RARE CELL SORTING
Circulating tumor cells (CTCs) are cancer cells that enter the circulatory system after escaping from the primary or metastatic tumors. CTCs in peripheral blood have been used as liquid biopsies that assist in prognosis, evaluation of therapeutic target and monitoring treatment response. Despite the importance of CTCs, due to the low abundance of CTCs among millions of peripheral blood cells, and their heterogeneous morphological and phenotypic profiles, the enrichment and subsequent characterization of CTCs remain technically challenging.
Fig. 1. (A) Enlarged images of the sorting area of the microfluidic chip at different sorting steps. (B) Three-step sorting of 8 mL peripheral blood from a healthy patient spiked with 60 PC9 cells. Red dots represent spiked PC9 cells and black dots represent blood cells.
On-chip Sort is capable of isolating CTCs with high purity via multi-step sorting for further downstream applications such as Next Generation Sequencing. Multi-step sorting works by deflecting liquid pulses to CTCs and their surrounding blood cells into the collection reservoir during the first sort. At the second sort, the isolated CTCs (and blood cells) are reintroduced into the sample reservoir and re-sorted further to reduce the number of blood cells and enrich the CTCs. This step is repeated until all the blood cells are removed (Fig. 1A).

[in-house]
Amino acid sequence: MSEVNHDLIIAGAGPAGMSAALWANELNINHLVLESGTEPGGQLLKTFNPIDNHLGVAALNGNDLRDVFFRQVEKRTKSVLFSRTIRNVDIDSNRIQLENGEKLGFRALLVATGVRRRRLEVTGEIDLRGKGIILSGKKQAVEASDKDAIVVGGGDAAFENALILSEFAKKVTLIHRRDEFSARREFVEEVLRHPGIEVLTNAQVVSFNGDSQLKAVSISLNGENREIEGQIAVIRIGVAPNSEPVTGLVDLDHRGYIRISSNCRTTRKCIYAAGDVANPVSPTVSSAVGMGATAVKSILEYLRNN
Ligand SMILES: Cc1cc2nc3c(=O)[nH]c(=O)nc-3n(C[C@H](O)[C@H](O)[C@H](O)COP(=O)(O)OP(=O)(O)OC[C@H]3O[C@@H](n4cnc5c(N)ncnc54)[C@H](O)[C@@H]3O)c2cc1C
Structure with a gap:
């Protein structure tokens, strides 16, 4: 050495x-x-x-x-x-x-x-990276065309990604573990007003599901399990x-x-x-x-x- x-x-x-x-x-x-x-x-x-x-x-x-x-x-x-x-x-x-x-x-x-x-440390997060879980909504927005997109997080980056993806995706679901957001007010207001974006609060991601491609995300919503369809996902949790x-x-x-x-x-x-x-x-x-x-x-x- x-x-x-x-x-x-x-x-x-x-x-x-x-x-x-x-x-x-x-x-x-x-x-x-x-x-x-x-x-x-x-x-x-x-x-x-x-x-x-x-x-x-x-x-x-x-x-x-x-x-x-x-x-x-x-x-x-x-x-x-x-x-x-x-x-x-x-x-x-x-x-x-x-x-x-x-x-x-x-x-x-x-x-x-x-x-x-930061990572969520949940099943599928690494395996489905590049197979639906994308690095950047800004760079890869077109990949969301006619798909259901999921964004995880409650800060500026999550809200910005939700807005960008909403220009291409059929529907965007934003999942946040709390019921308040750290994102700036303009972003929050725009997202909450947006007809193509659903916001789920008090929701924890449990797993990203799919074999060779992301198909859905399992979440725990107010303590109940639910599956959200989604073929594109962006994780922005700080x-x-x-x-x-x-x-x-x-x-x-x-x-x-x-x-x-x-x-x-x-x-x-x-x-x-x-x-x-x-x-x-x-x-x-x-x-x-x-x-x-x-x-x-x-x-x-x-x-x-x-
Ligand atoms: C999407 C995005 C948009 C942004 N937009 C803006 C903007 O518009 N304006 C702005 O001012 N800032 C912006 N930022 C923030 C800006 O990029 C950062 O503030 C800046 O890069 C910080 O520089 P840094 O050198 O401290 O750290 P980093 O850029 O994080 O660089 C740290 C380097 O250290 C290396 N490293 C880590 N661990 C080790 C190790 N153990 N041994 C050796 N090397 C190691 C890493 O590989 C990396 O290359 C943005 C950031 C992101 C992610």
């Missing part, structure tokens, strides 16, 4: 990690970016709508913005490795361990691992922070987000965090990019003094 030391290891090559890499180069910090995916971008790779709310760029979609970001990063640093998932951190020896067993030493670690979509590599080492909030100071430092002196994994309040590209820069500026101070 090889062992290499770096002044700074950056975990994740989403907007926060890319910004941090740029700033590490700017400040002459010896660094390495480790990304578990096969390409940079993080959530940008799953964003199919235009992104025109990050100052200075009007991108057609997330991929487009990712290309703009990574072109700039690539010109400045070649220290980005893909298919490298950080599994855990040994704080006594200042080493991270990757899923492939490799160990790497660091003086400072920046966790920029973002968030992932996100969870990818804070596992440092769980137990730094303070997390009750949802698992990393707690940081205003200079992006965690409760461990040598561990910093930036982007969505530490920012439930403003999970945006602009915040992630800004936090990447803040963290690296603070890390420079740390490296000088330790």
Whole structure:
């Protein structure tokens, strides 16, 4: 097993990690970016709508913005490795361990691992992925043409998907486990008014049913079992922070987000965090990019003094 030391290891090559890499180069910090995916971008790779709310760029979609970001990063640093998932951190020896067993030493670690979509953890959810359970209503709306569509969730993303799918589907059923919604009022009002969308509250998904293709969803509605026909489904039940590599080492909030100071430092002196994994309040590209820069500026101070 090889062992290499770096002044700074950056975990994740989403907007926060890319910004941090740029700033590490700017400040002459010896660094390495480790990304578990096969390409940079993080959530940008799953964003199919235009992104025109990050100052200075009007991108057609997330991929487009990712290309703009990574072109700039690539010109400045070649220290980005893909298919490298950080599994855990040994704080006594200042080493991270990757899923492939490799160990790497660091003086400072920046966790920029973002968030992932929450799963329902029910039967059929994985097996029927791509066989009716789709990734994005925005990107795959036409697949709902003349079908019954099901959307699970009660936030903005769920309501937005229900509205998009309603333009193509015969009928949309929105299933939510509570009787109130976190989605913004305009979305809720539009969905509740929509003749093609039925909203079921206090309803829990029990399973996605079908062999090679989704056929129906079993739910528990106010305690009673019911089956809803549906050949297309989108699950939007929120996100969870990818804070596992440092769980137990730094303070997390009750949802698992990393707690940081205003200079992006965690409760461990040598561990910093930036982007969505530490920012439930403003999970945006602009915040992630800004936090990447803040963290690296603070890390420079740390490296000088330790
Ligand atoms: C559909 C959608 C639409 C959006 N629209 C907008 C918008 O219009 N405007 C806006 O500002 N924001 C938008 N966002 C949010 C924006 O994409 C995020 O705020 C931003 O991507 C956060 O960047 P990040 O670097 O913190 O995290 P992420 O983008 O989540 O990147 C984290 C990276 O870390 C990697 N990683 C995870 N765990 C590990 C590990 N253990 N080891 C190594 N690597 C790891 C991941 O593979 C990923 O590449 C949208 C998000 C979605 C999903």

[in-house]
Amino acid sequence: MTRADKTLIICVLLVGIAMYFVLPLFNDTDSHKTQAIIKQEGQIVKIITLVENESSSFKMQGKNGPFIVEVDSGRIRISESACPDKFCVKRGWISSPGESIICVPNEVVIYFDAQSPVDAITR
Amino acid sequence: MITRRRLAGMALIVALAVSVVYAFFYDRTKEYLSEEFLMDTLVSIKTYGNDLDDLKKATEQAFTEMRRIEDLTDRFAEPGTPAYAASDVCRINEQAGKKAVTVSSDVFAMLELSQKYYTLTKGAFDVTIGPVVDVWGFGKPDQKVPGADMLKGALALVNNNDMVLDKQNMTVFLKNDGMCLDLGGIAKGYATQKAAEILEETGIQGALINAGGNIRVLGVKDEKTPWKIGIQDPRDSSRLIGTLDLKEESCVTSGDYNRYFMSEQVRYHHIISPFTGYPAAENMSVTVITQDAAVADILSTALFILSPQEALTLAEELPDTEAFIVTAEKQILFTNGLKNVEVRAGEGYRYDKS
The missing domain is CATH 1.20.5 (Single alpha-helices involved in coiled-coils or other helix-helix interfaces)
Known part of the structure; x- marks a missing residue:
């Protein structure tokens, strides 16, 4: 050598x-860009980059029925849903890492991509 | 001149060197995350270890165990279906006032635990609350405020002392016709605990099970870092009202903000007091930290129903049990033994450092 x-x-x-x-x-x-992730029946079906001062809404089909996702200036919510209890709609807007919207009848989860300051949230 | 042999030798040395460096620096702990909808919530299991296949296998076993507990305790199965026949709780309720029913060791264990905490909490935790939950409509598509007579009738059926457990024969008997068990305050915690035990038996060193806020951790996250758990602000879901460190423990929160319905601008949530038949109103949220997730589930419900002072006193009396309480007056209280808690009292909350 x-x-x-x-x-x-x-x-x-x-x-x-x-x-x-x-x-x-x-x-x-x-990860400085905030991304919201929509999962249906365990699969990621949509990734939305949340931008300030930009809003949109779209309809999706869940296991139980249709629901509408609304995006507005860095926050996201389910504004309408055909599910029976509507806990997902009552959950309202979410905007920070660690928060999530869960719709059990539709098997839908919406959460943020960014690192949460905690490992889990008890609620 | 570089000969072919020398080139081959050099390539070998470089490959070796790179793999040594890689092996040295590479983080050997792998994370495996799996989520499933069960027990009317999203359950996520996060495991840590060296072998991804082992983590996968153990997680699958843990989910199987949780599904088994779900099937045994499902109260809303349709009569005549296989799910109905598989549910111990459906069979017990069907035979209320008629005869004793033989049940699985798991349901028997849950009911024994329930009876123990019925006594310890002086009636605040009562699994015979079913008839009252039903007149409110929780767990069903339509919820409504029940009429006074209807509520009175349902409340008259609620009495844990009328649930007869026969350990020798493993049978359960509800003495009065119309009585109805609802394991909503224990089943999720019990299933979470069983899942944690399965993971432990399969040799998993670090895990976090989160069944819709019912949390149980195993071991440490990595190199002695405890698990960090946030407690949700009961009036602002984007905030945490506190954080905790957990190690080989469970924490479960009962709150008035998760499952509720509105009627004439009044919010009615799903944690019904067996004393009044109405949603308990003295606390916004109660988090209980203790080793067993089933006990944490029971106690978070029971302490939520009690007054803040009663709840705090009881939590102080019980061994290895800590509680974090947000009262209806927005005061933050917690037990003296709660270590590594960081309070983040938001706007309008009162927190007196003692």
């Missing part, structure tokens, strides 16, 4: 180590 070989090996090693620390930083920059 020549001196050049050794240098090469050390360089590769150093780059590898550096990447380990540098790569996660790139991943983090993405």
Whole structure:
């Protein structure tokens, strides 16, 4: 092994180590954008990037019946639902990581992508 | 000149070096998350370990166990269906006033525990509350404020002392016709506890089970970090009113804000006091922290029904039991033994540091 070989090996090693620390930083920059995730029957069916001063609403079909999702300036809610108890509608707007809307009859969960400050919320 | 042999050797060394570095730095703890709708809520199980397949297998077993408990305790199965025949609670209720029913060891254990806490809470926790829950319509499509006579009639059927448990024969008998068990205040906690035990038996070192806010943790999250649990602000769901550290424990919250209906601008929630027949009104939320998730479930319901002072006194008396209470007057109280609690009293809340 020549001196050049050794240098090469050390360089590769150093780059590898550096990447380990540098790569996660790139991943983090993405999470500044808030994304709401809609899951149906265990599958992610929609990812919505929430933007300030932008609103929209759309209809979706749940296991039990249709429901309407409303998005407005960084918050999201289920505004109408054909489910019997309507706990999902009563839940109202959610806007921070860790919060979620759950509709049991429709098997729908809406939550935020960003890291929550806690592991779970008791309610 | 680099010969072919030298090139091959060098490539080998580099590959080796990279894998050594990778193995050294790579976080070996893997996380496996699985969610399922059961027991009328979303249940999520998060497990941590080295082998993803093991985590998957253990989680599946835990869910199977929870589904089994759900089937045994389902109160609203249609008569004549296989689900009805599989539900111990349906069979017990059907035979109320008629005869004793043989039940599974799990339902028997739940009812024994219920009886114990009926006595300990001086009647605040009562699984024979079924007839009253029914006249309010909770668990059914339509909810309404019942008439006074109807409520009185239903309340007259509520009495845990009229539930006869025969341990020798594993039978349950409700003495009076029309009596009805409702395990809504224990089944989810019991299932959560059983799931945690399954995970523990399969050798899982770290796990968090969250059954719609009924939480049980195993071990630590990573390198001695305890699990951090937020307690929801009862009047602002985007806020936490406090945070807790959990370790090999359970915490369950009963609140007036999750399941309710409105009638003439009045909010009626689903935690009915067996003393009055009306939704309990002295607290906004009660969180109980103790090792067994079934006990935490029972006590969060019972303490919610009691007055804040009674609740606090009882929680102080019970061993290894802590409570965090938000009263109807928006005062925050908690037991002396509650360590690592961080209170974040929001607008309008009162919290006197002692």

Peripheral blood (8 mL) from a healthy patient was spiked with 60 PC9 cells. Prior to sorting, this sample underwent lysis to remove red blood cells, fixation and permeabilization, and was stained by FITC-conjugated anti-CK and PE/Cy7-conjugated anti-CD45. CK-positive and CD-45 negative cells were isolated on On-chip Sort for three sorts (Fig. 1B). The more the sample was sorted, the more purified the isolated sample became. After three sorts, the isolated sample achieved yield of ~70% and purity of ~80%. These results show that On-chip Sort can isolate highly purified rare cells to facilitate downstream analyses.